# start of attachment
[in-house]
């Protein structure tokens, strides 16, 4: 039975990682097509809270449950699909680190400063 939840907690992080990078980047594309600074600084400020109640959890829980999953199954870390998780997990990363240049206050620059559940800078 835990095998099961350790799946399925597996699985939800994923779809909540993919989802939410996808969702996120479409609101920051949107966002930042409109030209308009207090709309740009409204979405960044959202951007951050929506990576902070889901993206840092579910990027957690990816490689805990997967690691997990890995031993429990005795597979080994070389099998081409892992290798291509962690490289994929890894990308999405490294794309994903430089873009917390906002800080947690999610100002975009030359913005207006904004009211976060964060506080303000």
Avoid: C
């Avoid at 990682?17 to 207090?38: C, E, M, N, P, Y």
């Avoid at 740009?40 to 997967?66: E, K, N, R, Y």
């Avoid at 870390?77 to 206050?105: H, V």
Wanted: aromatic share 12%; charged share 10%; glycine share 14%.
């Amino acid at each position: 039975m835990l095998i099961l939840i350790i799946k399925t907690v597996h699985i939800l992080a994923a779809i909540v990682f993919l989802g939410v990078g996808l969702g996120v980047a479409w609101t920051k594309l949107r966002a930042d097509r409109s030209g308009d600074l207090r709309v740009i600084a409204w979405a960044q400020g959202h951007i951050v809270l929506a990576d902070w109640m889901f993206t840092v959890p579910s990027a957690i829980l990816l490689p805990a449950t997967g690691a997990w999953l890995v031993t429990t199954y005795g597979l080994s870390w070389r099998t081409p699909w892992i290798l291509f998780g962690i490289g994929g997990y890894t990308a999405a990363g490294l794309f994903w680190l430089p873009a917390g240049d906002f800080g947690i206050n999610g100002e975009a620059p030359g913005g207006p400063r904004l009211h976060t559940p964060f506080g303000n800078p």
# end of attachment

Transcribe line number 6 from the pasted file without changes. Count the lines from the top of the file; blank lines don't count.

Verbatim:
């Avoid at 870390?77 to 206050?105: H, V």